Some women have large to very large breasts. The size of the boobs is genetically determined to a great extent, but increased body weight aggravates the problem.
Women with very large breasts experience a host of problems such as backache, neck pain, grooving of shoulders from bra straps and rashes under the breasts. It may also be difficult to fit into fashionable clothes and limit certain leisure pursuits and sport activity.
Such women frequently report poor self-confidence and suffer from low esteem.
Breast Reduction – Reduction Mammoplasty
Reduction mammoplasty is a surgical procedure to reduce the size of the breasts. The technique involves removal of breast glandular tissue, fat and skin from breasts. The areola (pigmented skin around the nipple) is also reduced in size to keep it in proportion with the reduced breast. The outcome of the breast reduction surgery is influenced to a large extent by the amount of breast tissue removed, condition of the breast skin, co-existing medical conditions such as diabetes, and whether the patient is a smoker or not.
Women in particular who have very large breasts wish to have a drastic reduction in the size of their boobs which is not advisable. Reason for this is that radical reduction in breast size could result in disparity of breast size to the body frame. It is important to match the size of the breast in proportion to the body frame to have aesthetically pleasing front organs. It is difficult to guarantee a breast size after the operation as the bra size could vary amongst different manufacturers.
Breast Reduction is done under a general anesthesia and involves a 2 to 3 day hospital stay. Drains will be inserted into the reduced breasts and will be removed in 24 to forty eight hours. The ensuing scar is anchor shaped following the contour of the breast and encircles the areola.
A loss or gain in body weight, or pregnancy can offset the benefits of breast reduction surgery, however, breast reduction in itself has no specific risks to pregnancy. A proportion of women may have difficulty in breast-feeding.
Pain Control: Generally after breast reduction you will have mild to moderate pain and this usually responds well to Paracetamol or Cocdomal. Please avoid taking aspirin or voltarol as this may cause bleeding/haematoma formation. You will be given a supply of pain relief medications on discharge.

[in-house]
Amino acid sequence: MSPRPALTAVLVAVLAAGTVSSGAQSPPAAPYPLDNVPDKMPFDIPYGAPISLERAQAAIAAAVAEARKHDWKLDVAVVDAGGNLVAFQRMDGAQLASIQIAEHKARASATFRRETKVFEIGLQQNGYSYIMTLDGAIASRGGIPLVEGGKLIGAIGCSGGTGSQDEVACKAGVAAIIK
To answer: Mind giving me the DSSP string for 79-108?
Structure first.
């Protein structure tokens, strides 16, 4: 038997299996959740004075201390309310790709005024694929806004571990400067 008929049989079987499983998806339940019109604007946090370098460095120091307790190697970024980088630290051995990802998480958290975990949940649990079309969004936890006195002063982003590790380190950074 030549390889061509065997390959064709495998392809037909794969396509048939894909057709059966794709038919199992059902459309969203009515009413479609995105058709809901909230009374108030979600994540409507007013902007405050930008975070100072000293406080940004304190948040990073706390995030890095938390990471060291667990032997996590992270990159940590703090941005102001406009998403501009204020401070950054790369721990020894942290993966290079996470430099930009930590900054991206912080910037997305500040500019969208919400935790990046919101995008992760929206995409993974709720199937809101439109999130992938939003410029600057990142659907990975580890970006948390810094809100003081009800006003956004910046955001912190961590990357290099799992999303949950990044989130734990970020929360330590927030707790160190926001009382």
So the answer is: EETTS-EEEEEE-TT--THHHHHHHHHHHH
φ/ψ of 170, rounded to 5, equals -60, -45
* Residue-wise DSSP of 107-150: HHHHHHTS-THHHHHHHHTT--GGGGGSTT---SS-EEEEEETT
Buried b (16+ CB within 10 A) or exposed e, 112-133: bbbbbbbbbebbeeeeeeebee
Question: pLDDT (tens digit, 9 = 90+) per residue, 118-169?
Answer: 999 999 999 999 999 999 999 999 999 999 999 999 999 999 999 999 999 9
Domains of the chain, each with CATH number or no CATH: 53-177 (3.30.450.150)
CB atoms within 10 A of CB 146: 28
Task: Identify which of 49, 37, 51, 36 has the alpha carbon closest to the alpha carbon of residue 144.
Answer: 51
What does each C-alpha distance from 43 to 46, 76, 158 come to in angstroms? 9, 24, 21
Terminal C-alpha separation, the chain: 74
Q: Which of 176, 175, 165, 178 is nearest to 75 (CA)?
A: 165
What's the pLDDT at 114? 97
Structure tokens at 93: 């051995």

Antibiotics: Following breast reduction you do not need antibiotics, but will be considered if there is a risk of wound infection.
Wound dressings: The surgical wounds will be covered with protective dressings and should be left undisturbed if they remain clean until you’re seen in the clinic. However if the dressing becomes soiled with discharge you will need to report to the hospital nurse or your GP’s practice as soon a possible, for a wound check and change of dressings.
Support Bra: You will need to wear a good fitting support bra day and night for 6 weeks to maximise the benefits of the operation.
Rest and Relaxation: It will be helpful to have someone with you for the first few days after returning home. Rest and relax until you attend the clinic, which is usually between 7 to 10 days.
Driving and work: Do not drive or operate machinery for 2 weeks.
Exercise: Resume gentle exercise after 2 weeks and avoid strenuous exercise for at least 6 weeks. Avoid stretching of upper torso and arms for a minimum of 3 weeks to prevent wound problems.
And finally you will need to wait for 3 to 6 months post breast surgery before you can appreciate the new shape of your breasts. Most of the swelling and bruise will resolve in 3 to 4 weeks, but the remolding of the breasts will continue for a few more months. You will need to be aware that the shape and size of the boobs will vary with fluctuations in your body weight, future pregnancy and with time. Maintaining a steady weight, abstaining from smoking and regular use of well fitting support bra helps delay the process of sagging.
Will I be in pain following surgery?
You will be given adequate pain killers and should not experience bad pain. Mild discomfort is to be expected particularly when you stretch your arms and work the muscles around the implant but this will soon settle. If it continues more than a couple of weeks you should consult your specialist.
Will I be given antibiotics?
Yes you will be given antibiotics at the commencement of the operation and may be continued for few days after the procedures. It is very important that you inform your specialist if you have any particular allergies to antibiotics.
Will I have dressing on my wound?
Yes the surgical wounds will be covered with an occlusive dressing and this should be kept clean and dry until the consultant or the nurse checks the wound in the clinic which is usually between 7 to 10 days time. You should report if there is any spotting on the dressing or discharge from the wound.
Do I need to wear a bra following surgery?
Yes you will be recommended a special support bra to allow the implant to settle in the right place, and you are encouraged to wear them for 6weeks after the procedure.
Do I need to take time off work?
This depends on the nature of you work. If the work you do is not physically demanding generally a week to 10 days should be sufficient to recover, however if your work requires strenuous effort then it is best to take at least 4 weeks off from work.
Can I drive following my surgery?
Yes, your specialist will check the wound at your first post –op visit to the clinic and will confirm that it should be ok for you drive. Generally it is advisable until the wound has healed which should take about 2weeks.
Can I exercise following surgery?
It is best to avoid strenuous exercise until the first few weeks after the procedure, however you can do gentle walking while you are recovering.